Examining landscape as a medium, the artists also open up new possibilities in our perception of the relationships between human and nature, and between self and world. How may we observe landscape from a global perspective? How do we think about this world we live in, and we ourselves, who live in it? Peter Sloterdijk’s discourse on globalization may provide us with a macro perspective. As he points out in his In the World Interior of Capital, the earth is a natural, spherical, celestial body, which has been discovered, and then constantly rediscovered, by the human imagination. After the development of modern colonialism and the expansion of European states, the evolution of electronic information technology and the advent of orbital satellites in the postwar era ushered in a new age of globalization, one encircled by media (or even digitized). Today’s tendency towards an integrated world of capital resembles a greenhouse—just like Dostoyevsky’s metaphor of the Crystal Palace—gradually absorbing everything that originally was external into its internal space. It relies on the “stage” and the pleasant illusion of its backdrop. Against this landscape, those within society undergo an integrationist program of discipline, of economization and the standardization of commodity markets, that maintains the strict and efficient operation of capitalist industry. Ultra-high speed globalization has caused people to lose the perception they had in modern times of the vastness of the world, and to despatialize the real earth little by little. In this era of acceleration, the intensified interactions of people driven by desire, wrapped up in ecstasy and excitement, share something in common with the contemporary collective claustrophobia described by Paul Virilio. In fact, Virilio believes, since we have lost the “life-size” space that is a basic necessity for survival, we have become “desolation tourists,” wandering aimlessly for an escape from the overcrowded anxieties of globalization. “Migrants of happiness” flock to tourist sites with beautiful scenery to get away from the interactivity of electronic screens, while “migrants of sadness” flee from these tourist destinations, where they cannot survive.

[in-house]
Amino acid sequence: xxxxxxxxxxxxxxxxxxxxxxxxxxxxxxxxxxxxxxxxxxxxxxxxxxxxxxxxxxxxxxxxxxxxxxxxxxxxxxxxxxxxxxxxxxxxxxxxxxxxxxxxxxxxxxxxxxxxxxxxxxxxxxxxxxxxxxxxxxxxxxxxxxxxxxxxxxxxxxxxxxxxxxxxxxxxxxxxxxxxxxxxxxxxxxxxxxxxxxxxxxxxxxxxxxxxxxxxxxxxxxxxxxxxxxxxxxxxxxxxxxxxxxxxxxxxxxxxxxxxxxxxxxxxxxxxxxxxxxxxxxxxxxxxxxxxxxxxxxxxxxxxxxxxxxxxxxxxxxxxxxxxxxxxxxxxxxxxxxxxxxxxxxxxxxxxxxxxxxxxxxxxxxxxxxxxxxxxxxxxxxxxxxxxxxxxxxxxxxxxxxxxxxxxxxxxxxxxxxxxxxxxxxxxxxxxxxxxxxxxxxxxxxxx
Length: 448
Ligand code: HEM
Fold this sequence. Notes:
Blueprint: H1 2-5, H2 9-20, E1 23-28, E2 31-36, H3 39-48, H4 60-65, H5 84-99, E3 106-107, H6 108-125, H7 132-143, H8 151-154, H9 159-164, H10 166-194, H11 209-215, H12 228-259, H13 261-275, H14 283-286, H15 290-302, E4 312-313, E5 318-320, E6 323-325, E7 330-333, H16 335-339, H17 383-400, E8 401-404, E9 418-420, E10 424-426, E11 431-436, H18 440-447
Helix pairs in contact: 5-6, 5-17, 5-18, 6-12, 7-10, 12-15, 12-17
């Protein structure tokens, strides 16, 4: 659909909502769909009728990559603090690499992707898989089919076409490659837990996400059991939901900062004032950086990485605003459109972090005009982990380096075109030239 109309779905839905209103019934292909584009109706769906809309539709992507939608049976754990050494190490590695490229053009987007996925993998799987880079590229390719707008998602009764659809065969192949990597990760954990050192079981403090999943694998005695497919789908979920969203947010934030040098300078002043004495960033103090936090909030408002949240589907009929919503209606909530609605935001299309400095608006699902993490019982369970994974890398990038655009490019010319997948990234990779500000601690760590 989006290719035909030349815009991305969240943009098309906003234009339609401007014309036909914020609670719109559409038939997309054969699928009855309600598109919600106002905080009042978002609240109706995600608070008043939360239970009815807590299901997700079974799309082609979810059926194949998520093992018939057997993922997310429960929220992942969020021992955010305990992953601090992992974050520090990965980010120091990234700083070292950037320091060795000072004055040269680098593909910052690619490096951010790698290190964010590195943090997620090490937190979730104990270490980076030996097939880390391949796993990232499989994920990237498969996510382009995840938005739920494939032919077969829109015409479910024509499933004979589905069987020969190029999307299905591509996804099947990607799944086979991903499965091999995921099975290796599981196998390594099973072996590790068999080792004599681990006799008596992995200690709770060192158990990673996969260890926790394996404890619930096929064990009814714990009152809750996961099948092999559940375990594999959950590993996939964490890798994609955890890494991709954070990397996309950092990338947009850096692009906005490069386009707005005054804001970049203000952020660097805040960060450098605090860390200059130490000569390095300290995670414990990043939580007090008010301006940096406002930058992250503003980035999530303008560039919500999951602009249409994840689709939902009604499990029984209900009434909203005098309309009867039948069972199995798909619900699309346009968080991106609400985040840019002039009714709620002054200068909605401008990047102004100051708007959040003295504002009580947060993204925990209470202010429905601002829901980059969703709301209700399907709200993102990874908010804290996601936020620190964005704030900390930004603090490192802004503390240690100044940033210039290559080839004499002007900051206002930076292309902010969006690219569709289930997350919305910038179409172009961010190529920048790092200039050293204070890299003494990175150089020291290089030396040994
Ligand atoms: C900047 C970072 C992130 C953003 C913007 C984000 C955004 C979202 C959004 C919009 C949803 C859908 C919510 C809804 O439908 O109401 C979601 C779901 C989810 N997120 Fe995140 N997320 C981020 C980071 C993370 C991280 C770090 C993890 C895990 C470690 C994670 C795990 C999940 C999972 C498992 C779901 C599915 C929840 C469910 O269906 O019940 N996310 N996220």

The disconnection between the different regions of the world, caused by the pandemic, does not mean that the internal connections of this system have disappeared. Bound up in the multiple layers of complex reality in today’s society, can we pass through landscapes—which in our own travels may be easily reduced to mere objects of aesthetic appreciation—and, according them the full vigilance required to all historical, political, and aesthetic levels, move through the “real” to remove the emptiness of consumption brought about by the commodification of memory, arriving at the true possession of subject consciousness? In this exhibition, the nine artists move into the landscape from different perspectives, examining various issues behind natural scenery and images, including labor, migration, habitation, travel, territory, race, and ecology. Shen Xin (b. 1990, Chengdu) uses the backdrop of the environmental changes caused by global warming to discuss the challenges faced by an island transitioning from an agricultural way of life to a tourism-based model, as well as the inequality experienced by individuals in a post-colonial context. Su Yu-Xin (b. 1991, Taiwan) continues her observations on landscape painting technique and geological- archaeological research into color mediums, narrating individual memories in tandem with the course of ethnic integration throughout changing times. By appropriating abandoned buildings, Vajiko Chachkhiani (b. 1985, Tbilisi, Georgia, lives and works in Tbilisi) explores the lives of individuals cast aside by urban society and the psychological mechanisms within the space of their private spheres.Aslı Çavuşoğlu (b. 1982, Istanbul) utilizes natural materials and their physical metaphors to search for a certain “boundary” between land and maritime territory, in addition to drawing comparisons between biotic invasions and reproduction, human population booms, and urban gentrification. Through traditional rituals and folklore, Su Yu Hsin (b. 1989, Taichung, lives and works in Berlin) questions the narrative logic of anthropocentric understandings of nature, going on to ask how landscapes have been historically constructed. Liu Yujia (b. 1981, Sichuan province, lives and works in Beijing) unfolds a narrative about expeditions, travel, and excavation that revolves around historical treasures buried deep underground and jade as a symbol of Eastern culture. Within, she seeks out the enormous changes undergone by both natural landforms and cityscapes, along with slowly vanishing cultural traditions.